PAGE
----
David Bazan, Say Hi November 1, 2009 Hi-Dive Better Than:Dreaming about an open mike night during a nap.
"Do you guys want to hear a joke?" asks Say Hi frontman Eric Elbogen maybe three songs into their set. We do, of course. "Clean or dirty?" he asks. He gets a bunch of requests for dirty, then a bunch of requests for clean. He tells us he'll do one of each.
Here's the clean one: "How come white people can't tell jokes timing." We laugh appreciatively. Here's the dirty one: "How come witches don't wear underwear? To bet a better grip on the broom."
That one gets an "ohhh" and more laughs from the crowd. "This is a song," he says, and the three-piece plays a song.
Maybe it's the open mike night tone of Elbogen's, and later David Bazan's, banter that gets the crowd feeling talkative and involved. Or maybe Bazan, formerly of Pedro the Lion, simply has an exceptionally bold and congenial fan base. Either way, the two bands, both on Seattle indie label Barsuk, engaged the crowd and the crowd engaged them like they were old friends rather than rock stars. Which is maybe closer to the truth anyway, or at least closer to how both bands would clearly prefer to be thought of.
If you took the song structures and general bag of sound tricks from the guitar-driven indie bands of the '90s like Built To Spill and combined them with the occasional bass line and hook from turn of the century pop-minded bands like The Strokes and added the bedroom vocals of Belle & Sebastian or the Postal Service, you'd get something like Say Hi. Sounds like a weird stew, but it has a nice effect: smart and danceable and soothing all at once.
Elbogen looks and acts like a trimmer, less sunken Eugene Mirman, but he's no joke. The man mostly works alone on the studio recordings for the band. He's churned out six albums since 2002, all but the most recent on his own Euphobia imprint. On stage, he sings with his eyes wide open and his gaze fixed at some point about the crowd, grooving earnestly on the solos. The bassist matches his vibe well and the drummer adds some open-mouth rock and roll thrashing in the back. The band has toured with a keyboardist in the past, but not this time.
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Someone in the crowd spills his drink and Elbogen gives him a drink ticket. He seems so amazingly unassuming. "This is a song about vampires," he says. The song was written in 2006. Without missing a beat or veering from his dreamlike deadpan, he says, "It has since gone on to inspire the Twilight series." David Bazan takes questions. Some of these questions are serious inquires about the music (one dude asks about the origins of an image in a specific line of a song. It turns out to be a biblical reference.) and some of them are not (another asks what he would defend himself with in the event of a zombie attack. Bazan ultimately decides a machete might be the way to go).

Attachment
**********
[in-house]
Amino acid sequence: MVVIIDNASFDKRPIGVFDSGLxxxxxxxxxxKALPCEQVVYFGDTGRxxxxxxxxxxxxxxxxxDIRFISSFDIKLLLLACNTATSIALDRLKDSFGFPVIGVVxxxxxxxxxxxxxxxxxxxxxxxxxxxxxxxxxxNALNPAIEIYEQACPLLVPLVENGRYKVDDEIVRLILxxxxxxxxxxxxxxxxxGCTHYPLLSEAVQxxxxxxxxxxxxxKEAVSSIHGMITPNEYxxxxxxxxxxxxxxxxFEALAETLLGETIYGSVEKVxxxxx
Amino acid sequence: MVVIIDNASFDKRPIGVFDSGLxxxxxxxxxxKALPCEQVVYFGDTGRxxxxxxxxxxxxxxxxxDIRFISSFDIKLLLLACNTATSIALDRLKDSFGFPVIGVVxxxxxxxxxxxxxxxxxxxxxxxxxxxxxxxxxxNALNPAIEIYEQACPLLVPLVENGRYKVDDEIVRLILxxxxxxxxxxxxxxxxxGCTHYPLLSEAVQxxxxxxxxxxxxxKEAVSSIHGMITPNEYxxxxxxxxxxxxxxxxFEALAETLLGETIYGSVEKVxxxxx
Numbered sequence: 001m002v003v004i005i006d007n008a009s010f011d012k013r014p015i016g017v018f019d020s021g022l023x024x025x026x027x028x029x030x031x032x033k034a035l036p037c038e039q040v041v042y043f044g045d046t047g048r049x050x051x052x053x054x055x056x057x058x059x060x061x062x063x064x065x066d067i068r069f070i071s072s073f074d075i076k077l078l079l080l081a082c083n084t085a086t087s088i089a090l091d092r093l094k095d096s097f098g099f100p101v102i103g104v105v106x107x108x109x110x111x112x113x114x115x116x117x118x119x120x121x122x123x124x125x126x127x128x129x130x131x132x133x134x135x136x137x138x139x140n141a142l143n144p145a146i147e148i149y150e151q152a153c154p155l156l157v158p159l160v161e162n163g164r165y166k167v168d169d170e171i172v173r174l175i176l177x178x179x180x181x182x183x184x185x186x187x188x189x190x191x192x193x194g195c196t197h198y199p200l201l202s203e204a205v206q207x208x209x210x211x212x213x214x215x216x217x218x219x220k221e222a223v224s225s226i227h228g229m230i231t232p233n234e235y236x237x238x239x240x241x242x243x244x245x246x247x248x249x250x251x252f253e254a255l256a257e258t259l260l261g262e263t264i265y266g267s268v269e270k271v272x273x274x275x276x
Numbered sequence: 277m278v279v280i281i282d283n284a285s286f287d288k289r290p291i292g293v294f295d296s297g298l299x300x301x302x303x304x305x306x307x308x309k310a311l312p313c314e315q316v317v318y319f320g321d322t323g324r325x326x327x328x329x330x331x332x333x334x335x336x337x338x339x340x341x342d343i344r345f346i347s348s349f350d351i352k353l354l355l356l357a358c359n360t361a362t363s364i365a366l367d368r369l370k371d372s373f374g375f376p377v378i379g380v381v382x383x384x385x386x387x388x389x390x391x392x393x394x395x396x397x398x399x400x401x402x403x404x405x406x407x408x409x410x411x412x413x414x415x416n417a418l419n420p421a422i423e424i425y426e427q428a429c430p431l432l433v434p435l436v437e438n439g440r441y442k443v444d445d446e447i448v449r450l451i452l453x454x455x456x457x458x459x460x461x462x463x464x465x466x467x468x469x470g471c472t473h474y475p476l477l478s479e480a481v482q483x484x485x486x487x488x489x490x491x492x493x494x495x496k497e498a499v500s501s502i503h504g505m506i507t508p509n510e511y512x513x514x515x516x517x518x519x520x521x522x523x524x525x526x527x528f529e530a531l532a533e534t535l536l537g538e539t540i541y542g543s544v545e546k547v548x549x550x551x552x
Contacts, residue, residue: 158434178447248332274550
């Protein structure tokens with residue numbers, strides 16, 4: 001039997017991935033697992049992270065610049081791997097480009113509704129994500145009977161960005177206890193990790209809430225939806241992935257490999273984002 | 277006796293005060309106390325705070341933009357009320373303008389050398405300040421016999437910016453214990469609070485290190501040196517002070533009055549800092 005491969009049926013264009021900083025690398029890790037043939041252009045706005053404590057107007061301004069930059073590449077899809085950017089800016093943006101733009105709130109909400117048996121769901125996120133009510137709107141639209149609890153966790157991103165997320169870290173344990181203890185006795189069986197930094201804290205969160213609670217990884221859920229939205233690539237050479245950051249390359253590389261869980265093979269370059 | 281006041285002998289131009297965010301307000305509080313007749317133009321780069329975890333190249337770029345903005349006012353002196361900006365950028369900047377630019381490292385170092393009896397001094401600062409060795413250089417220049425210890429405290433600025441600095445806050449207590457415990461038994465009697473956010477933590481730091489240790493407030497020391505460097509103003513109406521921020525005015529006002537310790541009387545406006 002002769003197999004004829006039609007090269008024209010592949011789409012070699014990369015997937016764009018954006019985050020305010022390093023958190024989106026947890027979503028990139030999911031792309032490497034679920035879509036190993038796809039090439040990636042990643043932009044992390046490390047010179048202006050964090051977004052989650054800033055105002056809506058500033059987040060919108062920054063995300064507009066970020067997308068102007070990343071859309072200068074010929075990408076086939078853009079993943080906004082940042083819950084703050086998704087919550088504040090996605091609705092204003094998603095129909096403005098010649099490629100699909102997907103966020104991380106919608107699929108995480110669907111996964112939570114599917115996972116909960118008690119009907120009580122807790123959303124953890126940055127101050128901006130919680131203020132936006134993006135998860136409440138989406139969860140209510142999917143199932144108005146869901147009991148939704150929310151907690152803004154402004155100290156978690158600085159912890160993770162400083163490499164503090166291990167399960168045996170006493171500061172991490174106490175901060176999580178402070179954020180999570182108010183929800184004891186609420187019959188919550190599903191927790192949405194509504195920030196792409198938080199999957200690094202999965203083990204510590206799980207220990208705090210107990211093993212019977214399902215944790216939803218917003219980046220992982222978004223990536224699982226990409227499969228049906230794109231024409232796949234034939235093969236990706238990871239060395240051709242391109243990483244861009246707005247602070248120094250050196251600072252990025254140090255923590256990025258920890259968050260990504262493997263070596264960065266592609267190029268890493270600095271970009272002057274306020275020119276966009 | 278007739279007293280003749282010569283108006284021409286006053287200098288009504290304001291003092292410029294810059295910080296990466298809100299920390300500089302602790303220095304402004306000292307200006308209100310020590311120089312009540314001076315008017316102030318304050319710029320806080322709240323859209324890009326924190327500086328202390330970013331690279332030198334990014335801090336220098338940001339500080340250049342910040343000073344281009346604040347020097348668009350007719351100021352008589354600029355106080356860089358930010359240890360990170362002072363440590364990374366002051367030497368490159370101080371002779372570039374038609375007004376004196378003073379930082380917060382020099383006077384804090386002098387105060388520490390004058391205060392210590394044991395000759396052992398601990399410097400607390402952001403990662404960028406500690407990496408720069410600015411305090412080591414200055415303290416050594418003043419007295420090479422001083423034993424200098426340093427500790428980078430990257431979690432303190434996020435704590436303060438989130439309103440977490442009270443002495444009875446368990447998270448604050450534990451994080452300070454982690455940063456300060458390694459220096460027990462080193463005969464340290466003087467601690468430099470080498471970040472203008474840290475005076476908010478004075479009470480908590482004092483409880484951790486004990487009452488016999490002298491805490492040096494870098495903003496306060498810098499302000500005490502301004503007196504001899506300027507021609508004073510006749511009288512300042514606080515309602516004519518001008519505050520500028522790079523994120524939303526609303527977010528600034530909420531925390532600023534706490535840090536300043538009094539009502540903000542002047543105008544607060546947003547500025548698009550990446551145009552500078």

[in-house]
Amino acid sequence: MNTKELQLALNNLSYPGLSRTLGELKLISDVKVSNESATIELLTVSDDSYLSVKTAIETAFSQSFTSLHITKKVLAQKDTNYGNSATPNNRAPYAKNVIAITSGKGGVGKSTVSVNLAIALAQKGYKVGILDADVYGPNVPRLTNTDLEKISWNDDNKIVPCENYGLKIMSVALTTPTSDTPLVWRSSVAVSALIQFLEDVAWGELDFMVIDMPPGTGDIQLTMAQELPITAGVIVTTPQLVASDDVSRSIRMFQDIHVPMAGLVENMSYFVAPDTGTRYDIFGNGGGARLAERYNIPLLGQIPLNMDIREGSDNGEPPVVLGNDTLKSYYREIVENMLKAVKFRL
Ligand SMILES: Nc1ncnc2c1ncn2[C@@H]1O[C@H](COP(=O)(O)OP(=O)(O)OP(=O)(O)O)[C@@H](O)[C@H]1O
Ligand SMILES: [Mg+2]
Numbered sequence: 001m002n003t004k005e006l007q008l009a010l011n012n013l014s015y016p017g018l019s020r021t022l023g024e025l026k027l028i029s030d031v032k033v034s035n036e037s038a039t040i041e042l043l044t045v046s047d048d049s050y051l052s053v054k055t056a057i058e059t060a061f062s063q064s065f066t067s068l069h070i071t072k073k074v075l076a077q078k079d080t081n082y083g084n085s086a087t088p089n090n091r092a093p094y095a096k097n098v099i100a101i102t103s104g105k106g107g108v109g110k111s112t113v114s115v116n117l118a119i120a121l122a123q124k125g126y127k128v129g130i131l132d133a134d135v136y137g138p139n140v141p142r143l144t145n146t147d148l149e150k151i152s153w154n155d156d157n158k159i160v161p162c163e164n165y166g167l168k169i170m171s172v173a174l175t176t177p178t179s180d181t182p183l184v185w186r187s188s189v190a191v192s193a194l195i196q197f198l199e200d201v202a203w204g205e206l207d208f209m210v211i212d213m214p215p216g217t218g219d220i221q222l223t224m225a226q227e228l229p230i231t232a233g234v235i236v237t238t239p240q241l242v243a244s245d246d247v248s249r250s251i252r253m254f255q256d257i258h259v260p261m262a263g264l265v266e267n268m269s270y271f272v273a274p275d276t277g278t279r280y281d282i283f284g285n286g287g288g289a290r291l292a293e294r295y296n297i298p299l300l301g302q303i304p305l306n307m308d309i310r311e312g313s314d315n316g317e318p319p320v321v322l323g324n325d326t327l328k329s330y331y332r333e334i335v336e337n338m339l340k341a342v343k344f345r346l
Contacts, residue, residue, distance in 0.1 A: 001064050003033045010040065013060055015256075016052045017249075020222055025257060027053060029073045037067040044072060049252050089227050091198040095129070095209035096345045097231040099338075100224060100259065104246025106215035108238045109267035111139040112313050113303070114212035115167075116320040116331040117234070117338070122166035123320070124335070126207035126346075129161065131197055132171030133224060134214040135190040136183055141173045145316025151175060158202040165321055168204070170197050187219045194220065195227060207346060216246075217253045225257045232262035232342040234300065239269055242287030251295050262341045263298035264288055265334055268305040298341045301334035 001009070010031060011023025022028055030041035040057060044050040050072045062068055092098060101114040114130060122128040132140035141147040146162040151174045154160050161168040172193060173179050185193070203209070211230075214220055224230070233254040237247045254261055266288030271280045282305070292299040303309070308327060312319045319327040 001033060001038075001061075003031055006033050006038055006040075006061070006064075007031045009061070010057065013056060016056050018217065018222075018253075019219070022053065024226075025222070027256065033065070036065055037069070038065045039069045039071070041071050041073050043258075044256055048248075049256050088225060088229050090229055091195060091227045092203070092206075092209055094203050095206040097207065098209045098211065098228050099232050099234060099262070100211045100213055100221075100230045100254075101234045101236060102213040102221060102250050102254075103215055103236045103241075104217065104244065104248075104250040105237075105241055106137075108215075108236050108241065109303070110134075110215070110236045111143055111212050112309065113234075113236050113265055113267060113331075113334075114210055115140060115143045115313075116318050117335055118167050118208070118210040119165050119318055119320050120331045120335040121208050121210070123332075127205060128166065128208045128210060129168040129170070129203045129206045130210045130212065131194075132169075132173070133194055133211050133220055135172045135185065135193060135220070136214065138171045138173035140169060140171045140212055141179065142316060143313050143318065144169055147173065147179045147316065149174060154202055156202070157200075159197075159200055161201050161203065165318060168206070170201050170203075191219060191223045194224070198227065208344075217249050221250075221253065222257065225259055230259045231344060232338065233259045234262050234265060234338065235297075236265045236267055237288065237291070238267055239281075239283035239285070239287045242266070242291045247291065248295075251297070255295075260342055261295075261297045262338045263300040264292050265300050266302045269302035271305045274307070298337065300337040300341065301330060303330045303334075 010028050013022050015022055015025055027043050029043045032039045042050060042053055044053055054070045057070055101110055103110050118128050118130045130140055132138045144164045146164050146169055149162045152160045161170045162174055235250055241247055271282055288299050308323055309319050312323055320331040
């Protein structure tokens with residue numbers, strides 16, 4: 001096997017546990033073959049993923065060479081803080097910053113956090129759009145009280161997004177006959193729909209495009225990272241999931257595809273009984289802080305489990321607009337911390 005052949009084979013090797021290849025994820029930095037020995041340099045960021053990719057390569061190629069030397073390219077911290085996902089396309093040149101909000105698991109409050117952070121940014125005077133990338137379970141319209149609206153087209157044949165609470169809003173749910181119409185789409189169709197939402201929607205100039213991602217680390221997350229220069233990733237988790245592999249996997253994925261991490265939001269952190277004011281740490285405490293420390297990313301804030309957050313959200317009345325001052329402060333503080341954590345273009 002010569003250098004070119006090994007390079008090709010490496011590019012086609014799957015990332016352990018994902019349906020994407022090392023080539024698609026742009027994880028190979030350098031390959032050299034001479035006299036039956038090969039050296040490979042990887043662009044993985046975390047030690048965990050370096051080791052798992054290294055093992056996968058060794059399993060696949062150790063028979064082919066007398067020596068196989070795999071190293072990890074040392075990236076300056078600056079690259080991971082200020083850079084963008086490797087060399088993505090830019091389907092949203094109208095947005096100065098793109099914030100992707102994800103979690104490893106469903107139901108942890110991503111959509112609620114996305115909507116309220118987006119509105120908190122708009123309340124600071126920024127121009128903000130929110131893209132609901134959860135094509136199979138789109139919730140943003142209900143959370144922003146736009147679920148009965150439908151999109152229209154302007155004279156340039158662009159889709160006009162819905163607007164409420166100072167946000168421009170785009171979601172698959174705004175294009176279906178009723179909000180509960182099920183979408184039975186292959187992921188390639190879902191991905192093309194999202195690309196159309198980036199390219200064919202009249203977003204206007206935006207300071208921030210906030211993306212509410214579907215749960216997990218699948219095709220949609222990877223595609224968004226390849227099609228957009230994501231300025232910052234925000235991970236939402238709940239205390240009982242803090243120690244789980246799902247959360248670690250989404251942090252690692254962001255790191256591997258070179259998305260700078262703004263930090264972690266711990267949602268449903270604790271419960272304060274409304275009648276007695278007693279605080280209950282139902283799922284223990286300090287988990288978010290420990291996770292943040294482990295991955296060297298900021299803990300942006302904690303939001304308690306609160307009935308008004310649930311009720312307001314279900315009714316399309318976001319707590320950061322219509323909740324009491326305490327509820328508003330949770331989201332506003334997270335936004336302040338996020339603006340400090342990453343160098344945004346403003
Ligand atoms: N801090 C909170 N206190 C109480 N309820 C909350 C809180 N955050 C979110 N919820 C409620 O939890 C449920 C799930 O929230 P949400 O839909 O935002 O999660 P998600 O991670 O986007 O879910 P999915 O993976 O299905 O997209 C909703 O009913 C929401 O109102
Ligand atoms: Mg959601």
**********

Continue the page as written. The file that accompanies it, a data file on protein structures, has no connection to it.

The fact that Bazan takes questions is telling: This man was in a big band that could have been a lot bigger if he'd wanted it to. There's no way he didn't get courted by major labels, but he stayed on small imprints playing small shows.
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As a solo artist, touring with a backing band for the first time in five years, he often sounds like a sort of totally bashful version of a piano-driven arena act, which is strange. He plays bass, not well he says, and sings, incredibly well. He turns to the mike, squinting into the crowd and screwing up his face like he's just waking up and looking out the window at the sun.
His voice is warm and full and full of wisdom. It leads the music over rolling peaks and long valleys. It is good music, well constructed and pleasing, with interesting, incredibly personal lyrics. But it makes for an often tedious live show. He and his band are not especially engaging musicians. They're very talented, just not much in the way of showmanship.
The show takes off with three songs to go, as Bazan breaks out his two holy-shit rockers. The final song is a more complicated composition, that stars low, and the guitars overtake him and he surges back and everyone onstage is sort of grooving and the crowd is at its most attentive. The song gently falls, down to a guitar lullaby, and fades just when everyone starts to fidget.
CRITIC'S NOTEBOOK: Personal Bias: Pedro the Lion, and, to a lesser extent, Bazan's solo stuff is music I understand the appeal to but don't particularly love. Random Detail: The Say Hi bassist (anyone know who it is on this tour?) contributed this joke to the evening's festivities during a tuning break: "How do you circumcise a whale? Send four skin divers." Every band should tell jokes while they tune. By The Way: Bazan stayed in Denver for six days in the spring, and he says the hi-dive and Sputnik were his "home."